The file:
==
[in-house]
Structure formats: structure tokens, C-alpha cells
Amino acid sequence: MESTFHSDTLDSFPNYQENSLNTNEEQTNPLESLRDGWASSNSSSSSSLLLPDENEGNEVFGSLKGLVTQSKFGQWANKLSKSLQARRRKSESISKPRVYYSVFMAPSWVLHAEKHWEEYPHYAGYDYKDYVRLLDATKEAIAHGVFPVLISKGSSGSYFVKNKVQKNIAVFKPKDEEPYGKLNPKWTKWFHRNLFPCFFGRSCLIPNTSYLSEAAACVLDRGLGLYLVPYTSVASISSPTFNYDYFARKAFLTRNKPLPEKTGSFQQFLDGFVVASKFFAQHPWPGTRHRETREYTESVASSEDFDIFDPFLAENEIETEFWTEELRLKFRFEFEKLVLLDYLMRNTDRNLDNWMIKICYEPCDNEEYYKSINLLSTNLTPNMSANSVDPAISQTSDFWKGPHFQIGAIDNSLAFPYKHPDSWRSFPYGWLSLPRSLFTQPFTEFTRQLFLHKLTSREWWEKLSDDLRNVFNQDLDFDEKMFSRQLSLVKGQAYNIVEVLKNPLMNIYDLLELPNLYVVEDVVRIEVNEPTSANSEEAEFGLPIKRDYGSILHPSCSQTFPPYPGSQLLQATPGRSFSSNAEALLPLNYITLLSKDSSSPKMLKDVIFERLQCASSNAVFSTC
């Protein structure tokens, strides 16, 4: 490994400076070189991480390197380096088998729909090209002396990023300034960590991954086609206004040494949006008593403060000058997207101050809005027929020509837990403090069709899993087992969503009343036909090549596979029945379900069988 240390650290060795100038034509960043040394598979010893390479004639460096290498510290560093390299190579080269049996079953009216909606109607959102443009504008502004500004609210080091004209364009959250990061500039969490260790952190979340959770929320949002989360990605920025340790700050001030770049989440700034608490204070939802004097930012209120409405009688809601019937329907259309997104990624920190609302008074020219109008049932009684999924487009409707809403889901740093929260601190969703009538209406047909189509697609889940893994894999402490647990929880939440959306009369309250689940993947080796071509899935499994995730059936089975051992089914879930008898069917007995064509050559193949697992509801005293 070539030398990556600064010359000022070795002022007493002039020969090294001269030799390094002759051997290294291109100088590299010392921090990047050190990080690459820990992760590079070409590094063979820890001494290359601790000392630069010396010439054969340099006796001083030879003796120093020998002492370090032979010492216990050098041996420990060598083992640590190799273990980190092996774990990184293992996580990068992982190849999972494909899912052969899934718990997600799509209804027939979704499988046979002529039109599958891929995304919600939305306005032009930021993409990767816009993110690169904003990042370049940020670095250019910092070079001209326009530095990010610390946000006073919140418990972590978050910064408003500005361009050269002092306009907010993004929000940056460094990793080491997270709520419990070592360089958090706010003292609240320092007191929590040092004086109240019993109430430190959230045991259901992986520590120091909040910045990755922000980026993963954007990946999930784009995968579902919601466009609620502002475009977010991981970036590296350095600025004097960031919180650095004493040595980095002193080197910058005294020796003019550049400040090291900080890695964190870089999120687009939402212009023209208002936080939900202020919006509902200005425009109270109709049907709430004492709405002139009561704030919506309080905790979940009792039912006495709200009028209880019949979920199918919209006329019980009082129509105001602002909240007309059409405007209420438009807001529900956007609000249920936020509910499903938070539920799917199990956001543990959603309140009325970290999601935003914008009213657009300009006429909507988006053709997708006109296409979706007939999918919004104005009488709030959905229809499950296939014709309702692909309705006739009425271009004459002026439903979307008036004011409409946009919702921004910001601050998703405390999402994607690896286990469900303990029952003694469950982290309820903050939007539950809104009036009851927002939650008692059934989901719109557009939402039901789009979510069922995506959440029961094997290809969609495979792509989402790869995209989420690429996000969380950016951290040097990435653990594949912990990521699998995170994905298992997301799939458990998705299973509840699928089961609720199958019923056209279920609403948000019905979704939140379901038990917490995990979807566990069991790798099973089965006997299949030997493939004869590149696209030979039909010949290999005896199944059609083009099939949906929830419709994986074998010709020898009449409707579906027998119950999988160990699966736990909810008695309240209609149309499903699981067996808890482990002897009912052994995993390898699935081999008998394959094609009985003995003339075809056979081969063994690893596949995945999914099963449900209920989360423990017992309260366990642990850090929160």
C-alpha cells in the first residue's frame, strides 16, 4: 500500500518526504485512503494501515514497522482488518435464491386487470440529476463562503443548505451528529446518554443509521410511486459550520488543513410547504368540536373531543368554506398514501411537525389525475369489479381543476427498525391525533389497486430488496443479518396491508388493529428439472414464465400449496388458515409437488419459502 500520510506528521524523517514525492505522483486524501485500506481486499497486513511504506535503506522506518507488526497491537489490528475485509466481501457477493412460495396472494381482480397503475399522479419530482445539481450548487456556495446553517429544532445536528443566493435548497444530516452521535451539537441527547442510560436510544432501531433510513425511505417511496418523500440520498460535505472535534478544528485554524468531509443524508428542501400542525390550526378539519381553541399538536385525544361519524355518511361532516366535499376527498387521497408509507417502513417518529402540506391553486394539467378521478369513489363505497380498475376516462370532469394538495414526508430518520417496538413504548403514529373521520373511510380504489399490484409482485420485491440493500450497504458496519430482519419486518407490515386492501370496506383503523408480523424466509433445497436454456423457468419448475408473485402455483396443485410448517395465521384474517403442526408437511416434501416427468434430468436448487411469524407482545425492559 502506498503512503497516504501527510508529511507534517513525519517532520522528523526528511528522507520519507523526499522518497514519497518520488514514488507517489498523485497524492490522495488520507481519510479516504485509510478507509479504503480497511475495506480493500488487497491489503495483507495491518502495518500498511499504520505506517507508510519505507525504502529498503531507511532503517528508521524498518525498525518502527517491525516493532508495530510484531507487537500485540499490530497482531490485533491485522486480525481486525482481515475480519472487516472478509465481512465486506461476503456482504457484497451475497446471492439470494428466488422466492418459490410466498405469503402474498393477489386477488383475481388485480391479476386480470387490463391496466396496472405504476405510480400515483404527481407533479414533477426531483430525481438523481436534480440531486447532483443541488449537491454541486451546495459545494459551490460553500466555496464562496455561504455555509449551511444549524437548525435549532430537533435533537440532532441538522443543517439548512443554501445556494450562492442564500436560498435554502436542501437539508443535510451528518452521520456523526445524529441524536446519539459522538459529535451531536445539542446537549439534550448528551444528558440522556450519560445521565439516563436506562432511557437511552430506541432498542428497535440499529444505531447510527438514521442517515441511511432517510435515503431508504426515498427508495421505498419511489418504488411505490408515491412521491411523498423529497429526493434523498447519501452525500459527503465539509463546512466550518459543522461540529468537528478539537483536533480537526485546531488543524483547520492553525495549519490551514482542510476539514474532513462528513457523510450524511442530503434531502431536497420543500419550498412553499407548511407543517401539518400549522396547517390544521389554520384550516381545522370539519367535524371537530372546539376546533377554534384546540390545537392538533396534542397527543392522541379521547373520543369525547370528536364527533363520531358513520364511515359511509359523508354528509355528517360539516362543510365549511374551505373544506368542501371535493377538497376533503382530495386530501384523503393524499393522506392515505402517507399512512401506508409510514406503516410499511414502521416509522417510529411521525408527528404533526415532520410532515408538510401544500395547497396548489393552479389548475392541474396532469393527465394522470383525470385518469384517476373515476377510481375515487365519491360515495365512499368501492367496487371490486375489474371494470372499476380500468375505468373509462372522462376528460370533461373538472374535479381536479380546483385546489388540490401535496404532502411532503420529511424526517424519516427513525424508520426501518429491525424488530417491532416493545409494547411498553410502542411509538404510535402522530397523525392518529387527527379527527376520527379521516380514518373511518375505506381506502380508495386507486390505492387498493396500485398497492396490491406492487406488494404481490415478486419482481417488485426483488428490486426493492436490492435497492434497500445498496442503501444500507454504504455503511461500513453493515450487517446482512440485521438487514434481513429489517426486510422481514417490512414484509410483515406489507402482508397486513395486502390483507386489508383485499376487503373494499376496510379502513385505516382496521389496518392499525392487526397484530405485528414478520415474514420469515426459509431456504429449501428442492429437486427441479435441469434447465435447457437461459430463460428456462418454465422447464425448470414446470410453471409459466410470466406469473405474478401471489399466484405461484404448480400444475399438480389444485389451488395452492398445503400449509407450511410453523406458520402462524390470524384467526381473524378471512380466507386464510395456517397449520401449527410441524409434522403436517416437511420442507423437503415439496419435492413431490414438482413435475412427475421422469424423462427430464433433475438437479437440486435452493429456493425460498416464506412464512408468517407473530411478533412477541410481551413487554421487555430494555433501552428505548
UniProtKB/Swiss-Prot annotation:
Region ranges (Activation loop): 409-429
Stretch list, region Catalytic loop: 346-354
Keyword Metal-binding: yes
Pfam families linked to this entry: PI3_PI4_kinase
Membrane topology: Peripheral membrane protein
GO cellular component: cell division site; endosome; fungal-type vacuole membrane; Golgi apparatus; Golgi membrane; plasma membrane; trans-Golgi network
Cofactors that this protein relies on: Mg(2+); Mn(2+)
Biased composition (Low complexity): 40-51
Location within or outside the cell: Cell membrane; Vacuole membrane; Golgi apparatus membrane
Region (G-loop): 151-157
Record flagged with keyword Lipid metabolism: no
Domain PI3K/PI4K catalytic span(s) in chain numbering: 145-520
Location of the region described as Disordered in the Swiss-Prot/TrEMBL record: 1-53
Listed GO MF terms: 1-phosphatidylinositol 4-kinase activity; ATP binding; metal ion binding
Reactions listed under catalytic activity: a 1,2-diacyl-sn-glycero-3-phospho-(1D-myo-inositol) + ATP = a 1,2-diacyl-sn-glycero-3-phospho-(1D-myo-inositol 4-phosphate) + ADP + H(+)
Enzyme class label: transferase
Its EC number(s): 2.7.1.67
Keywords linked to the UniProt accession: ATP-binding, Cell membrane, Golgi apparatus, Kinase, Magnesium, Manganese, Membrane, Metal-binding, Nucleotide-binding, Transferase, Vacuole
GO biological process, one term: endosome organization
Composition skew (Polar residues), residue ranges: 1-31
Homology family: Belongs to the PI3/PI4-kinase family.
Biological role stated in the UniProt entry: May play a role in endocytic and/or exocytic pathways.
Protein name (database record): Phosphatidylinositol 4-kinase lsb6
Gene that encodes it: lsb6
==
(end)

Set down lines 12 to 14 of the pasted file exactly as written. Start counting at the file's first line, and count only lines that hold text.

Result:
GO cellular component: cell division site; endosome; fungal-type vacuole membrane; Golgi apparatus; Golgi membrane; plasma membrane; trans-Golgi network
Cofactors that this protein relies on: Mg(2+); Mn(2+)
Biased composition (Low complexity): 40-51